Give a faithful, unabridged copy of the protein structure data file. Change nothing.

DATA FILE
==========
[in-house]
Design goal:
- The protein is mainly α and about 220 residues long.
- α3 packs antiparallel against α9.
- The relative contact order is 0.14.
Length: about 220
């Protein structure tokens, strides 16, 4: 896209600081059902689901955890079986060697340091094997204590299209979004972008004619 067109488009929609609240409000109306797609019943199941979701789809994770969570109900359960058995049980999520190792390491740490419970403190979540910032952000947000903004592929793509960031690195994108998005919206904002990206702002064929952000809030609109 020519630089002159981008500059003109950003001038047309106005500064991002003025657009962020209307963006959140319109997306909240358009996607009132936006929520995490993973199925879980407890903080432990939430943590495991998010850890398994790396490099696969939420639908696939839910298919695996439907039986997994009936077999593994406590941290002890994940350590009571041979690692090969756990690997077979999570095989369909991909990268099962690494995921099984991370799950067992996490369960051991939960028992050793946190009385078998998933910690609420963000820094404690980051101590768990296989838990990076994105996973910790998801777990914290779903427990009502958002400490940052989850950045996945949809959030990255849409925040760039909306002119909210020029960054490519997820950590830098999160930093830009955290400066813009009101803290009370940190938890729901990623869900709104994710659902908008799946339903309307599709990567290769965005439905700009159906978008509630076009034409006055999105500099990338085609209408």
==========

[in-house]
Design goal:
- The protein is mainly α and about 220 residues long.
- α3 packs antiparallel against α9.
- The relative contact order is 0.14.
Length: about 220
């Protein structure tokens, strides 16, 4: 896209600081059902689901955890079986060697340091094997204590299209979004972008004619 067109488009929609609240409000109306797609019943199941979701789809994770969570109900359960058995049980999520190792390491740490419970403190979540910032952000947000903004592929793509960031690195994108998005919206904002990206702002064929952000809030609109 020519630089002159981008500059003109950003001038047309106005500064991002003025657009962020209307963006959140319109997306909240358009996607009132936006929520995490993973199925879980407890903080432990939430943590495991998010850890398994790396490099696969939420639908696939839910298919695996439907039986997994009936077999593994406590941290002890994940350590009571041979690692090969756990690997077979999570095989369909991909990268099962690494995921099984991370799950067992996490369960051991939960028992050793946190009385078998998933910690609420963000820094404690980051101590768990296989838990990076994105996973910790998801777990914290779903427990009502958002400490940052989850950045996945949809959030990255849409925040760039909306002119909210020029960054490519997820950590830098999160930093830009955290400066813009009101803290009370940190938890729901990623869900709104994710659902908008799946339903309307599709990567290769965005439905700009159906978008509630076009034409006055999105500099990338085609209408």